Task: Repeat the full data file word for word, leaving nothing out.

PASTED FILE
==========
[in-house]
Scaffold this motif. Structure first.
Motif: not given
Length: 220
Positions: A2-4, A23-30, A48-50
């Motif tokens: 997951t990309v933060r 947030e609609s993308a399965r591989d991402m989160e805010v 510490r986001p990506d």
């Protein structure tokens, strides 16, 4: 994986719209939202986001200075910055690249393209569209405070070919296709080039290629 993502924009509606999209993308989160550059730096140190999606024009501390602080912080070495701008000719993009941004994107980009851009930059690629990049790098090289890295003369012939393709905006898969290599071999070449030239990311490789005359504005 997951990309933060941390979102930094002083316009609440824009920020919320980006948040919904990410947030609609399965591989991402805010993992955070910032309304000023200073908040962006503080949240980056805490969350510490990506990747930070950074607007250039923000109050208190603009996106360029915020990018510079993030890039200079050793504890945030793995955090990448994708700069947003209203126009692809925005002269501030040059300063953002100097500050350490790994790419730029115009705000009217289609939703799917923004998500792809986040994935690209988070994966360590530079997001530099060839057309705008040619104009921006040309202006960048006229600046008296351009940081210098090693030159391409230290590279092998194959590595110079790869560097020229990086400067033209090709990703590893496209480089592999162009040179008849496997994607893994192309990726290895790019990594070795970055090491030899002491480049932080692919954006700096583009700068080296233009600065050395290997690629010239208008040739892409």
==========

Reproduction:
[in-house]
Scaffold this motif. Structure first.
Motif: not given
Length: 220
Positions: A2-4, A23-30, A48-50
């Motif tokens: 997951t990309v933060r 947030e609609s993308a399965r591989d991402m989160e805010v 510490r986001p990506d």
């Protein structure tokens, strides 16, 4: 994986719209939202986001200075910055690249393209569209405070070919296709080039290629 993502924009509606999209993308989160550059730096140190999606024009501390602080912080070495701008000719993009941004994107980009851009930059690629990049790098090289890295003369012939393709905006898969290599071999070449030239990311490789005359504005 997951990309933060941390979102930094002083316009609440824009920020919320980006948040919904990410947030609609399965591989991402805010993992955070910032309304000023200073908040962006503080949240980056805490969350510490990506990747930070950074607007250039923000109050208190603009996106360029915020990018510079993030890039200079050793504890945030793995955090990448994708700069947003209203126009692809925005002269501030040059300063953002100097500050350490790994790419730029115009705000009217289609939703799917923004998500792809986040994935690209988070994966360590530079997001530099060839057309705008040619104009921006040309202006960048006229600046008296351009940081210098090693030159391409230290590279092998194959590595110079790869560097020229990086400067033209090709990703590893496209480089592999162009040179008849496997994607893994192309990726290895790019990594070795970055090491030899002491480049932080692919954006700096583009700068080296233009600065050395290997690629010239208008040739892409």